Cabinet, Naftogaz in tough talks on household gas prices

18 April 2019

Ukrainian Prime Minister Volodymyr Groysman threatened to fire Naftogaz CEO Andriy Kobolyev in case the company does not lower natural gas prices for households as of May. “Either Naftogaz sets the price below UAH 8.55 per cubic meter from May 1 and reports on that by Apr. 24, or I initiate the dismissal of its head,” Groysman told journalists at the weekly Cabinet meeting on Apr. 17.  The possibility to reduce gas prices for households emerged owing to a decrease in EU-based prices for gas, which resulted in Ukraine’s retail prices for industrial consumers falling below household levels. Pointing to these lower industrial gas prices, the Cabinet approved an Apr. 3 resolution obliging Naftogaz to set household prices at the industrial level.

 

However, Naftogaz press service claimed the state enterprise is unable to reduce natural gas prices because it is required by law to hike them as of May. It referred to another Cabinet resolution, approved in October 2018, that prolongs imposing public service obligations (PSO) on Naftogaz and foresees a 15% price hike for gas that Naftogaz sells to suppliers for households since May 1. To resolve the situation, Naftogaz suggests that the Cabinet amend the October resolution instead of issuing a new, contradictive one. The October resolution was adopted as a compromise with the IMF (following more than a year of negotiations) and is among the cornerstones of Ukraine’s cooperation with the fund.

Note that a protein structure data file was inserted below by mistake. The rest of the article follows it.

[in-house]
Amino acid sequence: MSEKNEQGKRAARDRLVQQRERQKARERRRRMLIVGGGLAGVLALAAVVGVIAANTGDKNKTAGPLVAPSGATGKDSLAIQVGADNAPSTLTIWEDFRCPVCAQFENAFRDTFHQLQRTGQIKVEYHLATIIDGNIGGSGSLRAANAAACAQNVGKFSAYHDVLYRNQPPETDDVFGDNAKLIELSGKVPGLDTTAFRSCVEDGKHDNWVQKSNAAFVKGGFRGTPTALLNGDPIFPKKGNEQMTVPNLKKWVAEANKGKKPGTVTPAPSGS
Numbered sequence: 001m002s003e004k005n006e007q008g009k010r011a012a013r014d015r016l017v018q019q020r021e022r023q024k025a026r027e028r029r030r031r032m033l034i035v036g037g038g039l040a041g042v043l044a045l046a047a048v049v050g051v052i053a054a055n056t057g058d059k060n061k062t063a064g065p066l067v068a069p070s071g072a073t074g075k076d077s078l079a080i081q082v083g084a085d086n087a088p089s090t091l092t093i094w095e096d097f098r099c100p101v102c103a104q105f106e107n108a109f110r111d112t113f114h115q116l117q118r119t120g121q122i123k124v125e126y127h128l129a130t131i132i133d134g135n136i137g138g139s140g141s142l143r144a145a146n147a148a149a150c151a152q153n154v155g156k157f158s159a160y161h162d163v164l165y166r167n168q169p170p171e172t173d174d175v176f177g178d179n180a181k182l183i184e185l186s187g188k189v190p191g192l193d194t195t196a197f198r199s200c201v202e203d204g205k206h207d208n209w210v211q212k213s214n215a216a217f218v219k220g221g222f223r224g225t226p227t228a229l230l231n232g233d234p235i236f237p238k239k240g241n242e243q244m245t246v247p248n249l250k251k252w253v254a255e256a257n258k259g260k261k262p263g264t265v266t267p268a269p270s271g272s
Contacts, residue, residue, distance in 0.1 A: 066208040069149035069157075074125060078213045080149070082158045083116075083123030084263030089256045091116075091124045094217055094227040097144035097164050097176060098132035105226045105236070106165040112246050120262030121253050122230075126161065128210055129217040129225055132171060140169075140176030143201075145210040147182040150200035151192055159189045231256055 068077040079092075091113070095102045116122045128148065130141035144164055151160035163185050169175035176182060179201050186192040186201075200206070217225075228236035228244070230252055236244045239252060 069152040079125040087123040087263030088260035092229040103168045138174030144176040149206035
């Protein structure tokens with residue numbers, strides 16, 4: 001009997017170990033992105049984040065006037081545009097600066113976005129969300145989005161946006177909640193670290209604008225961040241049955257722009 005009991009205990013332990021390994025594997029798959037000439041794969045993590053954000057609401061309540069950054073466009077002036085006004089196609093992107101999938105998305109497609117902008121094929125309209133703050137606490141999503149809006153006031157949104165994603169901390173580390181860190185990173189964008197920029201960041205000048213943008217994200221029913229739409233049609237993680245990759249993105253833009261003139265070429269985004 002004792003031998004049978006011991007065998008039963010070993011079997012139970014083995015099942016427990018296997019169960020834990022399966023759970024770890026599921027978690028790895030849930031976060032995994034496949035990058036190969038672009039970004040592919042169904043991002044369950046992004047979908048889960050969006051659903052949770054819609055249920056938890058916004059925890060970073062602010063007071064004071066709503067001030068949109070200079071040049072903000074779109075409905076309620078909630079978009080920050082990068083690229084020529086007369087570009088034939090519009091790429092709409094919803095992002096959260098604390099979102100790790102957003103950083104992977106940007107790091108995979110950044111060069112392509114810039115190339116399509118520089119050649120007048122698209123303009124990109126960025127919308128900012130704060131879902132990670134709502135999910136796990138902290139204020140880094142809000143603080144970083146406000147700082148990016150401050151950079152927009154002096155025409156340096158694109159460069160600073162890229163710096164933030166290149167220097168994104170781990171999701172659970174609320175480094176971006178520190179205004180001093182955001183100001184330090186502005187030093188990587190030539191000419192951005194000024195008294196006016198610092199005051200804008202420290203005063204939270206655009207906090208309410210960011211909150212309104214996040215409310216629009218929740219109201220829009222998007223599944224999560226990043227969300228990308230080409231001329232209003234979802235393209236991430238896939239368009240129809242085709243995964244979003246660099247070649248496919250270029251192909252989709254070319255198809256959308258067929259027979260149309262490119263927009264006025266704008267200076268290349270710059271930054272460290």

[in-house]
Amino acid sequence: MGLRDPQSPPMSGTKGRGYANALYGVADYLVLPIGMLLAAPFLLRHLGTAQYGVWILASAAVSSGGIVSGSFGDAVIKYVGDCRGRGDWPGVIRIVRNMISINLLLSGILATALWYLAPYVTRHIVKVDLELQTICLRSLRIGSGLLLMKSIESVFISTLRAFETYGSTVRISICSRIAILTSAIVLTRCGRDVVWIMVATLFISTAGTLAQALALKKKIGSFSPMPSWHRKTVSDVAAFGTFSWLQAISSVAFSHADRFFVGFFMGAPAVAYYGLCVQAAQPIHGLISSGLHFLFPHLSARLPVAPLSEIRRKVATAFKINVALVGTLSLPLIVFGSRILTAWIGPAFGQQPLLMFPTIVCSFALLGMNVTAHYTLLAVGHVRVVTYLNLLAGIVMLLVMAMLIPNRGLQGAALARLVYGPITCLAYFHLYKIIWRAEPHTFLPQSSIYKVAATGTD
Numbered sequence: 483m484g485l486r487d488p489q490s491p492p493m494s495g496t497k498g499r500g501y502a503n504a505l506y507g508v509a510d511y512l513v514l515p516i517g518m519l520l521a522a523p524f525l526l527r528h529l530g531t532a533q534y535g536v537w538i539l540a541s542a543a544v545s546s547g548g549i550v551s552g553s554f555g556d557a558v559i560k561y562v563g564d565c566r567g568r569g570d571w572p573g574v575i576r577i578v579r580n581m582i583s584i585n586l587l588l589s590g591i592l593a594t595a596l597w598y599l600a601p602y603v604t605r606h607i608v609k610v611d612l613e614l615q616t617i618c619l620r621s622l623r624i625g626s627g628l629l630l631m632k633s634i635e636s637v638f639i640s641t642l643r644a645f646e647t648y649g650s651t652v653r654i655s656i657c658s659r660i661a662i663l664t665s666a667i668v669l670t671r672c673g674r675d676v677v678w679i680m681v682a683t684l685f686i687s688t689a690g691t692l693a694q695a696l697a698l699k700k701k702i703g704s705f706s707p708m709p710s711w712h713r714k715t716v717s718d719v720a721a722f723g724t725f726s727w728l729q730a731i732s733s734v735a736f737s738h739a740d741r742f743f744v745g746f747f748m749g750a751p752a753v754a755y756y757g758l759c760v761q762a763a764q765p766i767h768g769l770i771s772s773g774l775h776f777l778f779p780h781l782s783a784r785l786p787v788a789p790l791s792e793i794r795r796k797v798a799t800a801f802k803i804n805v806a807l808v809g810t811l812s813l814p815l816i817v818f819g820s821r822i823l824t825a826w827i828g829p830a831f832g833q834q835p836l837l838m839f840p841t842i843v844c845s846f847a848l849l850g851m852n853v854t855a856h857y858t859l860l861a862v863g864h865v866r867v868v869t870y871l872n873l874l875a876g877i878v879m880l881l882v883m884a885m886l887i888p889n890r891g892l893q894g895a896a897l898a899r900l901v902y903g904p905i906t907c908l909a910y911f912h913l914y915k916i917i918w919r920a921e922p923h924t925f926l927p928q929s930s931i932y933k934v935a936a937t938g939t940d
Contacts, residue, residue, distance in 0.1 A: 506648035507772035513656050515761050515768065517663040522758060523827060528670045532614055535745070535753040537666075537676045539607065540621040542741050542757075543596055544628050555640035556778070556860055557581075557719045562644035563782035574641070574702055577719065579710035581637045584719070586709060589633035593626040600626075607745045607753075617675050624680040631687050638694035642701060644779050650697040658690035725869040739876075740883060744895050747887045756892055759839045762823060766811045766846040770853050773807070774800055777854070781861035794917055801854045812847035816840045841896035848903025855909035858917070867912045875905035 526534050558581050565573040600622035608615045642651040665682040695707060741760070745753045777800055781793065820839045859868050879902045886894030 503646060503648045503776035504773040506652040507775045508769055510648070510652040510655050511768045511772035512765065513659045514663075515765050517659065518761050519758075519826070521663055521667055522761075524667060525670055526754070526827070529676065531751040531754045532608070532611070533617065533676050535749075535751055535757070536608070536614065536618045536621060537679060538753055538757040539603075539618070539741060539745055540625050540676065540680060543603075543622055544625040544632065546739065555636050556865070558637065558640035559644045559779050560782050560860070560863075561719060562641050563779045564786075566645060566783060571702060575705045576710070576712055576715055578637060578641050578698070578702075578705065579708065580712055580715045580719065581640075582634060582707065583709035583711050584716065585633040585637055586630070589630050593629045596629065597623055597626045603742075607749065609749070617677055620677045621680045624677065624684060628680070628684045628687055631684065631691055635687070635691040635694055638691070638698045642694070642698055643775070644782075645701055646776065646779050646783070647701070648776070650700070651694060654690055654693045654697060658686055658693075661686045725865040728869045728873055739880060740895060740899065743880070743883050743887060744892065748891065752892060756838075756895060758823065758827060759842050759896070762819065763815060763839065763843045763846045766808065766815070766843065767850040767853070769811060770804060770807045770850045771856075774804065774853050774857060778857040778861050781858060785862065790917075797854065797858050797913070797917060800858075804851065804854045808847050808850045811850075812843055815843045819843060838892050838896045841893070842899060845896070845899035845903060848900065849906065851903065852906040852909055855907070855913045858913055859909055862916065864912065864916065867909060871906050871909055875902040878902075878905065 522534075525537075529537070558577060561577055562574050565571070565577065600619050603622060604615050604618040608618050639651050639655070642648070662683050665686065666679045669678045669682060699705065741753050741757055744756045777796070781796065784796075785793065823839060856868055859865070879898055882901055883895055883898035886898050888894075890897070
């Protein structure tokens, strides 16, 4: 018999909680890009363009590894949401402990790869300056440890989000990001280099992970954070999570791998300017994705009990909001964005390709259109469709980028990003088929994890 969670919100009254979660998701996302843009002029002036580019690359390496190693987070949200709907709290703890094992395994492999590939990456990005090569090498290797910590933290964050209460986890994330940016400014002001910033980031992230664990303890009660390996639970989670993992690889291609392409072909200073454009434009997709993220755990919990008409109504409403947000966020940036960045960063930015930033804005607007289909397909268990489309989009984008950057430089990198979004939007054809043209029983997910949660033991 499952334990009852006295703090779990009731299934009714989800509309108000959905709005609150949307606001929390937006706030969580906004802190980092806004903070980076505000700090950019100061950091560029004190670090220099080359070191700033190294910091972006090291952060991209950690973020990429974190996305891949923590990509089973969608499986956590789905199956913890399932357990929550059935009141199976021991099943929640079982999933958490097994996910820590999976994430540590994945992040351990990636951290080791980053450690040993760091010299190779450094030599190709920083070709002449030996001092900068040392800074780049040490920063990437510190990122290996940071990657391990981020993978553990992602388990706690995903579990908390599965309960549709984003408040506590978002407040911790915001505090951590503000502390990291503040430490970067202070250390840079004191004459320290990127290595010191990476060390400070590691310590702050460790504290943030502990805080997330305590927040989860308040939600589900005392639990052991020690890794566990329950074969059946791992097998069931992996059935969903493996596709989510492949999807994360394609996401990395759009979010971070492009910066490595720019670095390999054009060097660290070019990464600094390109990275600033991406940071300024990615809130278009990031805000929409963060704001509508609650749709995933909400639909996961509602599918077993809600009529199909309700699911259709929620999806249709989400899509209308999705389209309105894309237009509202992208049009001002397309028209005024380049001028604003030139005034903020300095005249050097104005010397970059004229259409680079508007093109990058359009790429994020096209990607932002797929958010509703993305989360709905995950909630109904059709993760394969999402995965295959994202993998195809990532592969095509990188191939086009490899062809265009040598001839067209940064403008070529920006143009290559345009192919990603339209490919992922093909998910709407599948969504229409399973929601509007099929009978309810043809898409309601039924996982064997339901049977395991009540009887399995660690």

Later on, Ukraine’s Energy Ministry explained to Interfax-Ukraine that Naftogaz won’t violate the October resolution if it reduces gas prices in May, as required by the April resolution. “The legislation does limit the number of Cabinet acts that regulate PSO,” the ministry said.

 

Currently, Naftogaz has published a wholesale gas price for supplies to residential consumers at UAH 6.23/cm in April and UAH 7.18/cm since May (without VAT). For large industrial consumers that prepay for gas, the company offers it at UAH 5.99/cm in April.

 

Alexander Paraschiy: It looks logical if Naftogaz starts selling natural gas to households at the price it has set for industrial consumers (which is the price based on the cost of imported gas, meaning such an operation won’t be loss-making for Naftogaz). However, the government’s decrees look contradictive indeed, which puts Naftogaz management under the risk of criminal penalty in case it goes ahead with the price cuts. Another concern of Naftogaz is that under the October resolution on the PSO, the company has to sell PSO-related gas not directly to households (except for those of one region), but to private gas suppliers. This limits the ability of Naftogaz to control the final price for households in most regions of Ukraine.

 

The Cabinet is unlikely to change its October decree on PSOs unless it gets IMF approval. At the same time, Groysman wants to appear as a public advocate, shaken by Volodymyr Zelenskiy's emergence on the political scene and himself preparing for the October parliamentary elections. Given the Cabinet has significant leverage over Naftogaz (with unilateral power to dismiss its top management), the state enterprise will have little choice but to obey Groysman’s demands. Though, such decision may demand additional regulations from the government.

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